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Ohio State returns to Fiesta Bowl once again

COLUMBUS, Ohio -- For the third time in four years, Ohio
State has a date in the desert.

The Buckeyes (9-2) accepted an invitation on Sunday to meet
Notre Dame in the Tostitos Fiesta Bowl, also their bowl destination
in the magical championship year of 2002 and again in 2003.

"The main thing about it is we're going to feel comfortable out
there," safety Nate Salley said. "It's almost like our second
home and that's an advantage for us."

The battle against the Fighting Irish (9-2) will take place at
4:30 p.m. on Jan. 2 at Sun Devil Stadium in Tempe, Ariz.

It's a dream matchup in many ways, pitting two teams on a roll
who could easily have been playing in the national championship
game had a play or two gone their way.

Ohio State has won its last six games, thanks to a defense led
by linebacker A.J. Hawk and a versatile offense featuring
quarterback Troy Smith and tailback Antonio Pittman.

Notre Dame is one of the biggest surprises in college football
in Charlie Weis' first year as head coach, making a dramatic
turnaround from last year's 6-5 record. The Fighting Irish came
into this season 11-16 in their previous 27 games.

"He's done a tremendous job," Ohio State coach Jim Tressel
said of his Notre Dame counterpart. "Charlie and his staff have
come in and taken them to the next level."

Ohio State athletic director Gene Smith was on the Fiesta Bowl
board when he was the AD at Arizona State. He said he was in steady
contact with seven or eight people currently on the board to lobby
for the Buckeyes.

"I'm a life member of the Fiesta Bowl board," Smith said.
"Unfortunately for them -- or fortunately for me -- I had all their
cell phone numbers and e-mail addresses and I was working them
pretty hard last week."

This will be the fifth time the Fighting Irish and Buckeyes have
met, the first time at a neutral site or in a bowl.

Notre Dame won the first two meetings, 18-13 in 1935 in what
many historians have referred to as one of the greatest college
games ever. The Fighting Irish also won a year later, 7-2.

After a 60-year gap, the teams met again in back-to-back years
in 1995-96, with Ohio State taking both games, by scores of 45-26
and 29-16.

Smith, who graduated from Notre Dame in 1977 and played
defensive end on the Fighting Irish's 1973 national championship
team, said his allegiance has changed.

"I'm not a dues-paying member of the Notre Dame Alumni
Association," he said.

Tressel said when he was growing up his two favorite Notre Dame
players were quarterback Joe Theismann and Smith.

"I'll get a few brownie points here," Tressel said with a
laugh.

The Fighting Irish and Buckeyes share many similarities. One of
the biggest is that, although neither team beat any elite teams
this season -- neither has a win over a team currently ranked in the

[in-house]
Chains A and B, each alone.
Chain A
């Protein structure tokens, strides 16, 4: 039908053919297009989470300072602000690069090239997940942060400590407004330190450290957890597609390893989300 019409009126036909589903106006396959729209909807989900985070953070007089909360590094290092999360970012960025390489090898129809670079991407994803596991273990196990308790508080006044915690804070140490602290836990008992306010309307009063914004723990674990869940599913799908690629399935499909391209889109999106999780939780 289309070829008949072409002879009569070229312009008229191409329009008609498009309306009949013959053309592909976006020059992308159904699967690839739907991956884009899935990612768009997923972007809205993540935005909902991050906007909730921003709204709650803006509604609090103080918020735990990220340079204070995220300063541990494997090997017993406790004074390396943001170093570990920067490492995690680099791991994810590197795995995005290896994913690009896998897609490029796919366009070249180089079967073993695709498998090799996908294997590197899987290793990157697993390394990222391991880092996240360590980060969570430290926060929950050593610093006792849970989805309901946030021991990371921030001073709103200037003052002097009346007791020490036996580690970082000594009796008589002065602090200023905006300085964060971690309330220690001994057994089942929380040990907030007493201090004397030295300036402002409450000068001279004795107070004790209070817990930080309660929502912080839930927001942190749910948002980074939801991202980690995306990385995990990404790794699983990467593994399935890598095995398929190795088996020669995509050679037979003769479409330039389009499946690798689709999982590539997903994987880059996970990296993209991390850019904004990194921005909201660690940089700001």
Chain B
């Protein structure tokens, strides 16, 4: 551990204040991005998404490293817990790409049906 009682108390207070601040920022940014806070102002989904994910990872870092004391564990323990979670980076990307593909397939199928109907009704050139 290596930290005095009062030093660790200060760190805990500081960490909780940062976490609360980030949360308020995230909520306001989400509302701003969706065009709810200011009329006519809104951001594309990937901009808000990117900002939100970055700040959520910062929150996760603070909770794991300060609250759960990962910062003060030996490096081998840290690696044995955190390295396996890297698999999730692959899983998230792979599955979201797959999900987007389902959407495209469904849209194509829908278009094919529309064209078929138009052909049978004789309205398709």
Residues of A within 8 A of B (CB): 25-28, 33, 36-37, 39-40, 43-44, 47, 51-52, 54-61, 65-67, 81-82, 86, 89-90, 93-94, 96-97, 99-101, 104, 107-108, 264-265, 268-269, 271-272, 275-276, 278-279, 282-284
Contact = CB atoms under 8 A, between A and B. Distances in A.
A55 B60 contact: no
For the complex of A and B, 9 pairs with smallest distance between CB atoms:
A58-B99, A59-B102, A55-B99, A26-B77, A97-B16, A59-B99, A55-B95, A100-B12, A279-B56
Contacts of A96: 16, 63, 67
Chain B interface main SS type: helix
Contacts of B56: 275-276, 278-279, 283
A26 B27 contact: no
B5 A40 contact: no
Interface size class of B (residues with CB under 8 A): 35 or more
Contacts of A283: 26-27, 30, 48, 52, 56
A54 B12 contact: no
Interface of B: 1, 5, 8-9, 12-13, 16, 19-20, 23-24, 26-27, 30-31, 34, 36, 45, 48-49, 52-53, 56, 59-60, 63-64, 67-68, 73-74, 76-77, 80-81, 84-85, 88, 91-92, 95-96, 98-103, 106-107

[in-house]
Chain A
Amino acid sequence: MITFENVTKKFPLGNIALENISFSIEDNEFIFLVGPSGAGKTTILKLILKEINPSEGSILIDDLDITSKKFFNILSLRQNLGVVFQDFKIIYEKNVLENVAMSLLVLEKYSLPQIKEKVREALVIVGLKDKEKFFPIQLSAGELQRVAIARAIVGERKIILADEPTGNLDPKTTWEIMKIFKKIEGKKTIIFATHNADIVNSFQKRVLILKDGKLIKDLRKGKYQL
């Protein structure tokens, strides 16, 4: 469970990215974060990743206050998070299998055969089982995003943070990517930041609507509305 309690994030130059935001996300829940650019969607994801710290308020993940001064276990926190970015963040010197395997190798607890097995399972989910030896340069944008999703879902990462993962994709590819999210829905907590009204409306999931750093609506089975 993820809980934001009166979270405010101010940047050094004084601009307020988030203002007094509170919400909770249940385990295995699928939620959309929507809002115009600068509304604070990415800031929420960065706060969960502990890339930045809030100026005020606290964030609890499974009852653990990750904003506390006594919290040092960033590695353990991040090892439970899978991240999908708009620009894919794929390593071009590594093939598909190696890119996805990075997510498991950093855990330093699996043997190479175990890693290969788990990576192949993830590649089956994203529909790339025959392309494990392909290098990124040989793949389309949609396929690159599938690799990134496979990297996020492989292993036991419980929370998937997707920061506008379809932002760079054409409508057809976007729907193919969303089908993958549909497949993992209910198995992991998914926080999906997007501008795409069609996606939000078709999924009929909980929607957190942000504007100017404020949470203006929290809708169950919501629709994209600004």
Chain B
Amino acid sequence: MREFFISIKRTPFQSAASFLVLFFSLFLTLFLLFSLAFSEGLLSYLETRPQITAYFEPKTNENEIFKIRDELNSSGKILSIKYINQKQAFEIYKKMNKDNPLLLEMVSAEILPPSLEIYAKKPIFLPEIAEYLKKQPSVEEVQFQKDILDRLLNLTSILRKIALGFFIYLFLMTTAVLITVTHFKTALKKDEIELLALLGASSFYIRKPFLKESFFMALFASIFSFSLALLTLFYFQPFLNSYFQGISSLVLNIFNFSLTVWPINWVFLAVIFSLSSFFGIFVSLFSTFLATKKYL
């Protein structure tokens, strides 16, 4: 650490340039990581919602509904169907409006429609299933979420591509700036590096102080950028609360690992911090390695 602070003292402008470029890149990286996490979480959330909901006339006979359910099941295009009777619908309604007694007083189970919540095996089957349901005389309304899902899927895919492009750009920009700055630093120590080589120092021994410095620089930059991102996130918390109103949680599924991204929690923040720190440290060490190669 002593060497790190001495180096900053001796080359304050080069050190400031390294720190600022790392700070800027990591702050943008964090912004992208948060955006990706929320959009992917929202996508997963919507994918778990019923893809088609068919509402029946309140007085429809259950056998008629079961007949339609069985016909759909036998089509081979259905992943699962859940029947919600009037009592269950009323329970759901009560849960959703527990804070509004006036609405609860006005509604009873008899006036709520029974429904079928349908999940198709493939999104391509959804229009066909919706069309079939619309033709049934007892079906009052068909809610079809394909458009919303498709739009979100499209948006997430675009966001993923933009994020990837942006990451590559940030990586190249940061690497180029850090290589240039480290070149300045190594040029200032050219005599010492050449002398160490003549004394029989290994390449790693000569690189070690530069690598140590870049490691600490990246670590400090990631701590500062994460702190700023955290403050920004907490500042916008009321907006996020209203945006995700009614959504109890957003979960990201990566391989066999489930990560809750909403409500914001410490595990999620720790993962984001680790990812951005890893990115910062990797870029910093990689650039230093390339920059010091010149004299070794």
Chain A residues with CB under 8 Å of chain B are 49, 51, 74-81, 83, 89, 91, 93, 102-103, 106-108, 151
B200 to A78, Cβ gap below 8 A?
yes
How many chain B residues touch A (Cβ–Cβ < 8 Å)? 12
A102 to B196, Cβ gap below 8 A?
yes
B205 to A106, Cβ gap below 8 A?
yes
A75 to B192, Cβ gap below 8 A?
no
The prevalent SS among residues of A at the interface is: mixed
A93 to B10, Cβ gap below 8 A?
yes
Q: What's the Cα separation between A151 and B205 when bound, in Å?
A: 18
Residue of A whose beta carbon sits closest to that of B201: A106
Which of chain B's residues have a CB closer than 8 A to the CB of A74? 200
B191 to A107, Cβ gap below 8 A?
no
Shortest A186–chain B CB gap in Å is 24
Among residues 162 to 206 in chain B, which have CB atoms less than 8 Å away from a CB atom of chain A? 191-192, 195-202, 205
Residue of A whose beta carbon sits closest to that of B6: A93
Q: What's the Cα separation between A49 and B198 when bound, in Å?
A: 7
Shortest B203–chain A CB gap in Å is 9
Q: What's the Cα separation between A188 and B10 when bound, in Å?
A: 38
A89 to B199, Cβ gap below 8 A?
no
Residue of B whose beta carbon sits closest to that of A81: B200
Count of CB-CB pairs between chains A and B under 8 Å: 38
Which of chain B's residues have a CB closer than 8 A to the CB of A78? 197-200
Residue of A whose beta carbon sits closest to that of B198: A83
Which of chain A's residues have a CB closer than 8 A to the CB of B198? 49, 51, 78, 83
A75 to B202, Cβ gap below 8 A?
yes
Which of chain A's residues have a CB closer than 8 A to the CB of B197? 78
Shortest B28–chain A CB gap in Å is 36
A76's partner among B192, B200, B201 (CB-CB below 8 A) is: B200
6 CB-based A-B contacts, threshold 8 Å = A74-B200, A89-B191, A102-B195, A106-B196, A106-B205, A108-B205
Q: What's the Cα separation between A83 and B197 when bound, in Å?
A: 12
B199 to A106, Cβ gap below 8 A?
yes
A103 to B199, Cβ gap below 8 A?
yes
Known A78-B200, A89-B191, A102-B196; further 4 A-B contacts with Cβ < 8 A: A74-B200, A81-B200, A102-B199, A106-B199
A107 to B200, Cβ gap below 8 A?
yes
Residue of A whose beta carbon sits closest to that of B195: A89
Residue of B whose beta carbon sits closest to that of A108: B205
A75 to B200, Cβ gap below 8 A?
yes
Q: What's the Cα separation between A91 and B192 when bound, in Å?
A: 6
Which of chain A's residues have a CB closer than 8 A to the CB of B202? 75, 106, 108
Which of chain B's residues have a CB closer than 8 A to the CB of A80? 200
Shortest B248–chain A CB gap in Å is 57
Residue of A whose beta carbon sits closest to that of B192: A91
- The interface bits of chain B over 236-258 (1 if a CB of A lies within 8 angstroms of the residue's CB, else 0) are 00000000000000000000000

Associated Press Top 25 -- both came close to perfection.

Notre Dame's only losses came to then-unbeaten Michigan State,
44-41 in overtime on Sept. 17, and to No. 1-ranked and two-time
defending national champion USC, 34-31 on Oct. 15. The Trojans'
Matt Leinart sneaked across -- Fighting Irish fans said he was
pushed across by tailback Reggie Bush -- from a yard out on the
game's final play.

Ohio State lost 25-22 to No. 2 Texas on Sept. 10 and then
dropped a 17-10 decision at Penn State on Oct. 8. The Buckeyes
ended up tying the Nittany Lions for the Big Ten title, but Penn
State earned the conference's automatic BCS berth by virtue of
winning the head-to-head battle and having a better overall record
and BCS ranking.

The Fighting Irish are led by a quarterback who grew up not far
from Ohio Stadium. Brady Quinn, expected to be among the top five
in the Heisman Trophy balloting later this week, is from suburban
Dublin. The 6-foot-4 junior has completed 65 percent of his passes
this season for 32 touchdowns with only 7 interceptions.

"Brady was a great high school quarterback and we were very
interested in him coming here," Tressel said. "He's done a great
job. He took the opportunities at Notre Dame and has grown with
them."

The Irish have lost seven straight bowl games.

"That's something that obviously needs to end," Quinn said.
"It's been going on far too long."

For weeks -- ever since the Buckeyes ended their regular season
with a last-minute, 25-21 victory over rival Michigan on Nov. 19 --
there had been speculation that Ohio State might end up paired with
the Fighting Irish. The losses Saturday night by LSU and Virginia
Tech, two of the teams ahead of the Buckeyes in the Bowl
Championship Series standings, put the final stamp on the matchup.

Ohio State and Notre Dame both ended up as automatic BCS game
qualifiers.

Richelle Simonson, Ohio State's athletic ticket director, said
the Fiesta Bowl had allotted 16,000 tickets to each of the
participating universities.

"We anticipate tremendous demand," she said.

A lottery will be used for students and for faculty and staff.
Ohio State will not offer any tickets for public sale.

The Fiesta Bowl conjures up sweet memories for Ohio State and
its fans. The Buckeyes' 31-24 double-overtime victory over
top-ranked Miami in the 2003 Fiesta Bowl gave them their first
national championship in 34 years.

They came back to the Fiesta Bowl the very next year and beat Kansas
State 35-28 to cap an 11-2 season.

This will be the Buckeyes' 37th bowl game and fourth trip to the
Fiesta. They have won their last three bowl games after losing nine
of 12.

The Buckeyes will meet on Thursday to begin preparations, will
be off from Dec. 21 through Christmas Day, and then will depart
Dec. 26 for the game.